What year is the rarest dollar coin?

Determining the rarest dollar coin is no easy task. With hundreds of variations minted over the last 200+ years, collectors have a vast range of dollar coins to choose from. Rarity depends on factors like mintage, demand from collectors, and condition. While the 1804 silver dollar is perhaps the most famous rare dollar coin, other dates can give it a run for its money when it comes to value and elusiveness.

Quick Answer

The rarest regular issue business strike dollar coin is widely considered to be the 1870-S Seated Liberty dollar. Only 12 were ever minted, and only 9 are known to still exist.

Dollar coins have been minted in the United States since 1794. Over the centuries, numerous designs and denominations have come and gone as each era’s trends shaped what was in circulation. Today, while the ubiquitous greenback is still king, dollar coins continue to be minted for collectors and some commercial uses.

Rarity within any coin series results from two key factors – mintage and survival rate. Simply put, the lower the original mintage and the smaller percentage of coins remaining, the greater the rarity. Demand is also a driver, as collectors will pay more for coins perceived as scarce and valuable.

The history of US dollar coins provides many examples of low mintage coins worth a premium. But one issue stands above all others as the lowest mintage business strike dollar, and therefore can reasonably be considered the rarest regular issue: the 1870-S Seated Liberty dollar.

A Brief History of the Dollar Coin

Before exploring the story behind the 1870-S dollar, let’s take a quick tour through the history of the denomination:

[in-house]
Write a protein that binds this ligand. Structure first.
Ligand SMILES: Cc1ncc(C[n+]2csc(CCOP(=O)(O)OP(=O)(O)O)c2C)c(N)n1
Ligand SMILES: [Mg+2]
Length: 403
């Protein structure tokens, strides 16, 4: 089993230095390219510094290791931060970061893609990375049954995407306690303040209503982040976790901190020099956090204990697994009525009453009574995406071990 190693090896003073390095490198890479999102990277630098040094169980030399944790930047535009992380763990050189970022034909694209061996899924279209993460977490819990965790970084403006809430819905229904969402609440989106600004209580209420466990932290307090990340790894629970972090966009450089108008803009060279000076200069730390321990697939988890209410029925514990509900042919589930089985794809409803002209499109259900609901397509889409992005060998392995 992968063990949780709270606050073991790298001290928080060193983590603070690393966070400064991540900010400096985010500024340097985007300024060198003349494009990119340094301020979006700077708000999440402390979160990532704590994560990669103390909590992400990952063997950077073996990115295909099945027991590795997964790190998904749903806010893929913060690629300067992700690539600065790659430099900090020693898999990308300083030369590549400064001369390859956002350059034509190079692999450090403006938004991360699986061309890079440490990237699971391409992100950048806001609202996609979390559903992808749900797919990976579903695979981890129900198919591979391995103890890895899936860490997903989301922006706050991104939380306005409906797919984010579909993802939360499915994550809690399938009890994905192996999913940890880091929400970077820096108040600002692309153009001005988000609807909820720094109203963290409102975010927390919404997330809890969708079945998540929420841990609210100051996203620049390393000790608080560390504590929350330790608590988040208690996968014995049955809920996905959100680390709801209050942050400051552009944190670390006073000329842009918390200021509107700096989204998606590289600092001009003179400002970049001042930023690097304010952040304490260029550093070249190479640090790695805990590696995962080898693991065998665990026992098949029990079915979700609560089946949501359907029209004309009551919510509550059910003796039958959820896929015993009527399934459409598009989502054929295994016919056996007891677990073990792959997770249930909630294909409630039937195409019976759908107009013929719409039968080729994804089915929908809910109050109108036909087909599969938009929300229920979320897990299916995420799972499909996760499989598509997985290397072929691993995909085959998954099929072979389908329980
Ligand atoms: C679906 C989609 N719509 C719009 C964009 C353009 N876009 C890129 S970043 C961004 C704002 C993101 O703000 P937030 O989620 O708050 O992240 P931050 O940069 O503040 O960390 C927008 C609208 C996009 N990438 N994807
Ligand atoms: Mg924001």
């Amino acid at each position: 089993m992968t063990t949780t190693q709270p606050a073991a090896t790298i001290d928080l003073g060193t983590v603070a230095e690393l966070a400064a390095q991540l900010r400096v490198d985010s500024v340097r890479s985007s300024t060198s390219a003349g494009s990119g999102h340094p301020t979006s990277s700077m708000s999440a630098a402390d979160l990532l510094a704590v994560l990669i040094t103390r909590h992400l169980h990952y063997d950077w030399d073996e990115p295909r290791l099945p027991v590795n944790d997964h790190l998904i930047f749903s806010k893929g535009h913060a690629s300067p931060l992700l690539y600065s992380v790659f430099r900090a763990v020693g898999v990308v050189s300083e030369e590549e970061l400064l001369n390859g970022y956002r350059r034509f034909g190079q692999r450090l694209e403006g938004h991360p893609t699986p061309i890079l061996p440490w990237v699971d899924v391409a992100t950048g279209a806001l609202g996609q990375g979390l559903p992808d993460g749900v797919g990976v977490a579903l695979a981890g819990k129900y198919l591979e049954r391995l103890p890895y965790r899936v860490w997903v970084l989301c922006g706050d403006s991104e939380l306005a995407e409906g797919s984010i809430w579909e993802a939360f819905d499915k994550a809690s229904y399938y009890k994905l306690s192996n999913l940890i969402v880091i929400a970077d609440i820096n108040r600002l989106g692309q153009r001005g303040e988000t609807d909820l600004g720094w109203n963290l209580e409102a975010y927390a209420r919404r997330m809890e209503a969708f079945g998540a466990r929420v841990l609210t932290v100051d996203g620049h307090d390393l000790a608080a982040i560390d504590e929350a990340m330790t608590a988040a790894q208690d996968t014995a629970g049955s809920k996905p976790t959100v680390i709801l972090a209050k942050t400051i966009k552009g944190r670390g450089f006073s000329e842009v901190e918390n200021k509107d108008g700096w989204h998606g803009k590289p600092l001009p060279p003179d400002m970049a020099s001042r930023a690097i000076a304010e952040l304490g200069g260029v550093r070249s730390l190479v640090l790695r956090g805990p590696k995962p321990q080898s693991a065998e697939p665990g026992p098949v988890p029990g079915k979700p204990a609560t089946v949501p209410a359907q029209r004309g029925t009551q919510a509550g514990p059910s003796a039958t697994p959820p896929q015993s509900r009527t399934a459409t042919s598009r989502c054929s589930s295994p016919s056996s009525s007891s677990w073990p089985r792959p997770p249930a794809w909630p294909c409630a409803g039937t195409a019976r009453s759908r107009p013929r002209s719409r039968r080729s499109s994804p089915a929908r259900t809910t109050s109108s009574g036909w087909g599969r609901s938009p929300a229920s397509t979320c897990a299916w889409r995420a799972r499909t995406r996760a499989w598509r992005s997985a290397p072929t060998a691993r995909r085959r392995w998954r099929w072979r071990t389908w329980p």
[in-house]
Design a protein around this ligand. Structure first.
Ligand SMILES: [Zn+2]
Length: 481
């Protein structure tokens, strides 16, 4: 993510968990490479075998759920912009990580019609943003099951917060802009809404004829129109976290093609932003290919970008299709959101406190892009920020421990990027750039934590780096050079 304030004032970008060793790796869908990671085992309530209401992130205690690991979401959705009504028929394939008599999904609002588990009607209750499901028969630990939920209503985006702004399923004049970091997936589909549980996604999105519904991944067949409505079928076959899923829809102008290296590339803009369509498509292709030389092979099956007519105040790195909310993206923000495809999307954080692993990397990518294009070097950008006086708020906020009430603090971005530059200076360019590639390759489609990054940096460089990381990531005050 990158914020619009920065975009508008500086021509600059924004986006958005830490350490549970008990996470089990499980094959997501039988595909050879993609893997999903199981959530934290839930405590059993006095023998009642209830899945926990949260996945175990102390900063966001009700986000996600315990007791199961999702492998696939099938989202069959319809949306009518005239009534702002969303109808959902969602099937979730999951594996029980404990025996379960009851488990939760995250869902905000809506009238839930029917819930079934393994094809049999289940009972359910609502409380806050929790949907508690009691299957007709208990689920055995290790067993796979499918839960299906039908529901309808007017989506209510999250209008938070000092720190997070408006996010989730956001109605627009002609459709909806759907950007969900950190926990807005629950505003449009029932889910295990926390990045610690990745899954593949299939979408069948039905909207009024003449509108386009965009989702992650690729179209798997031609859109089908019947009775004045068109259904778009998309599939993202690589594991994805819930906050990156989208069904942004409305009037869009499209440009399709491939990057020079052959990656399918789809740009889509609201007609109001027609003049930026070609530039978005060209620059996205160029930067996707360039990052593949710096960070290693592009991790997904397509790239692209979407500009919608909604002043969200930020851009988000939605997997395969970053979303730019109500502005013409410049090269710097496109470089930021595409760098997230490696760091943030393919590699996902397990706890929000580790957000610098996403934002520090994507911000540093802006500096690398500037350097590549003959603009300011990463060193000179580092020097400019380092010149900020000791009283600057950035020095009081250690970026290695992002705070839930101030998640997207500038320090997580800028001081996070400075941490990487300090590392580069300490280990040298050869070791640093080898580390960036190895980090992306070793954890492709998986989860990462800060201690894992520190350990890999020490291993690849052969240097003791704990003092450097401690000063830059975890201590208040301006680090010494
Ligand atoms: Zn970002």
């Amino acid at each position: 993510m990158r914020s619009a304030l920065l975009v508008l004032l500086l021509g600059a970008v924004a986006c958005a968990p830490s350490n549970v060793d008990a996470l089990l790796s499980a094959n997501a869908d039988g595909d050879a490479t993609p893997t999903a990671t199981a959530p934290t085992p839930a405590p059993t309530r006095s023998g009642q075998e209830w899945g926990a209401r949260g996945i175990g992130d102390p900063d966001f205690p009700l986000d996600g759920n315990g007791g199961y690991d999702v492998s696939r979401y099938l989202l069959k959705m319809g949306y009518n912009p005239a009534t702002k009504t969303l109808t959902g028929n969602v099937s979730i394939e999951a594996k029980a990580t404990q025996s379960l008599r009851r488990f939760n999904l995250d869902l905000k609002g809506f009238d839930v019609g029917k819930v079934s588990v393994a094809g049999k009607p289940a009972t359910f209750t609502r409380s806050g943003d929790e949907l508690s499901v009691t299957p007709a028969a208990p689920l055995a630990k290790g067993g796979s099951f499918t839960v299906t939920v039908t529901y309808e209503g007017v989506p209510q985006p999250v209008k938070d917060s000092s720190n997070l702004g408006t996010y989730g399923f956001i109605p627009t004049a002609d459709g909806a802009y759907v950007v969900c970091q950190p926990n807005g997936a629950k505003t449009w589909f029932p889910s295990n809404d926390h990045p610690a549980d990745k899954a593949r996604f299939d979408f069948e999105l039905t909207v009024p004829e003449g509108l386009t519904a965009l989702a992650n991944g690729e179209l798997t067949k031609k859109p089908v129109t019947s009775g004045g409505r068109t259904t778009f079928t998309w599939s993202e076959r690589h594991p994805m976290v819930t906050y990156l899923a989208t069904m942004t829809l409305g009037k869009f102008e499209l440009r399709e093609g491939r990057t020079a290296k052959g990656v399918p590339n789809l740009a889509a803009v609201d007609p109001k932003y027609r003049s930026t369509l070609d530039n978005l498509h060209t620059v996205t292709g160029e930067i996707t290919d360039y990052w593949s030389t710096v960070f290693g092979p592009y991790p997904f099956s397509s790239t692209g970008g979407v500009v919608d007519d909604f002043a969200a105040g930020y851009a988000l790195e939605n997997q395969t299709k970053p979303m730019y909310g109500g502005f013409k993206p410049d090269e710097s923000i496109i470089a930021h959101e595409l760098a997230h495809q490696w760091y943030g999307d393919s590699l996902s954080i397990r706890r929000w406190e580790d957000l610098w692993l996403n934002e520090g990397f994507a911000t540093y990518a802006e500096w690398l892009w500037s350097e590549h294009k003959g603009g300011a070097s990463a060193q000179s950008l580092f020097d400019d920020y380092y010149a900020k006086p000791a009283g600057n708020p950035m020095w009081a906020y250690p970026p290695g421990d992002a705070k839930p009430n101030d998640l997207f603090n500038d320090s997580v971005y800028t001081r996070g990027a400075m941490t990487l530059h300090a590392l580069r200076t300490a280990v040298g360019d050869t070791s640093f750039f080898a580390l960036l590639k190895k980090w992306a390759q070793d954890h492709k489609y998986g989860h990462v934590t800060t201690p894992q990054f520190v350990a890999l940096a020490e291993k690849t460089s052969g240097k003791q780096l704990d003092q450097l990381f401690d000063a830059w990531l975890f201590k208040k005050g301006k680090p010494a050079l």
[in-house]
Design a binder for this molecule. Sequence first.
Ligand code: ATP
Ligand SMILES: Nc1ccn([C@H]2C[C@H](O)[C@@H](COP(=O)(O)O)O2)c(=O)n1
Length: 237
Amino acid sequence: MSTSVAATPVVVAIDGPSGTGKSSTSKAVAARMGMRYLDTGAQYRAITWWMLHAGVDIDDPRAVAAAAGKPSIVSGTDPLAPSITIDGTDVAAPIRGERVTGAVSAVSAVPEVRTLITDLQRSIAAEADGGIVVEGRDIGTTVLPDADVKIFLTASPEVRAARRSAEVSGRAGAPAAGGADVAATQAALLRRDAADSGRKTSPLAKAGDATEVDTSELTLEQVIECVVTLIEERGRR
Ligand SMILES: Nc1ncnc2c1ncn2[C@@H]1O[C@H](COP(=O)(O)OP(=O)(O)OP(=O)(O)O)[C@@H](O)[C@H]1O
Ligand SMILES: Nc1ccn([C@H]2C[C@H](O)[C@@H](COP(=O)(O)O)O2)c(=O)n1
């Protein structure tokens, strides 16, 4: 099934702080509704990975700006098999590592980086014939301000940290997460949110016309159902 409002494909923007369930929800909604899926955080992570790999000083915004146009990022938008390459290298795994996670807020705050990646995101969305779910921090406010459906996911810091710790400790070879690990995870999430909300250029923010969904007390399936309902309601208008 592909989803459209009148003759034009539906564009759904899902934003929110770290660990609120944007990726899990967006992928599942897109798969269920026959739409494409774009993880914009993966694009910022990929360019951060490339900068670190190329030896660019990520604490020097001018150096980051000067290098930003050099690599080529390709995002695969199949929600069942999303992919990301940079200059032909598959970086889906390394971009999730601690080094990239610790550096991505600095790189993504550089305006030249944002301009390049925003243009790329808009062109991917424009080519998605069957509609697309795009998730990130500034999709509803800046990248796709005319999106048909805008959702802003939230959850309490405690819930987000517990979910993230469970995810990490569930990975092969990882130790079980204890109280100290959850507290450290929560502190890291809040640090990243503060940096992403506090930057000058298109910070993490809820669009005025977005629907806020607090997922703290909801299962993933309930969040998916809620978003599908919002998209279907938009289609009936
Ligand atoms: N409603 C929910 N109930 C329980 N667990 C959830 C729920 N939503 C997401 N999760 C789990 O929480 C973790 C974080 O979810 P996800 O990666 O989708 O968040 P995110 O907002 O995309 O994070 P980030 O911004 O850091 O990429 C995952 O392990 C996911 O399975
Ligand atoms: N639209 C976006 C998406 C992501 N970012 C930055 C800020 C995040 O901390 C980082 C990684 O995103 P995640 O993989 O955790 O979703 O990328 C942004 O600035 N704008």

• 1794-1803 – Flowing Hair and Draped Bust dollars were the young nation’s first official dollar coins.
  • 1840-1865 – Seated Liberty dollars bearing the motto “In God We Trust” were introduced.
  • 1871-1878 – The same Seated Liberty design without the motto.
  • 1878-1904, 1921 – Morgan dollars bearing an image of Lady Liberty were minted across multiple decades.
  • 1921-1935 – The Peace dollar commemorating the end of World War I.
  • 1971-1974, 1977-1978, 1999-2000, 2012 to present – Eisenhower, Susan B. Anthony, Sacagawea and Presidential dollars have been minted more recently.

While many rare dates can be found within these series, a few standouts deserve special distinction.

Key Rarities

  • 1804 Silver Dollar – 15 Known Examples – By far the most famous rarity. Only 15 genuine 1804 silver dollars are known to still exist. They were actually struck decades later to be included in special presentation sets, but are dated 1804.
  • 1870-S Seated Liberty Dollar – 9 Known Examples – The lowest mintage business strike dollar ever issued, with just a dozen coins struck.
  • 1895 Morgan Dollar – 12 Known Examples – The 1895 Philadelphia Morgan is the ultimate key date of the series, with a mintage of just 880,000.
  • 1933 Saint-Gaudens Double Eagle – 1 Legal Example – Originally 20 were minted, but most were melted after the US went off the gold standard. Only 1 is legally owned.

While there are other notable rarities like the 1873-CC Seated dollar with a mintage of 700 and the 1879 Coiled Hair Stella dollar pattern with a mintage of 425, the 1870-S has a strong claim as the rarest regular issue business strike dollar coin.

1870-S Seated Liberty Dollar

The Seated Liberty dollar was minted from 1840 through 1873, ending with the Coinage Act of 1873 that demonetized silver. But in 1870, amidst that long span of production, something very unusual happened at the San Francisco mint.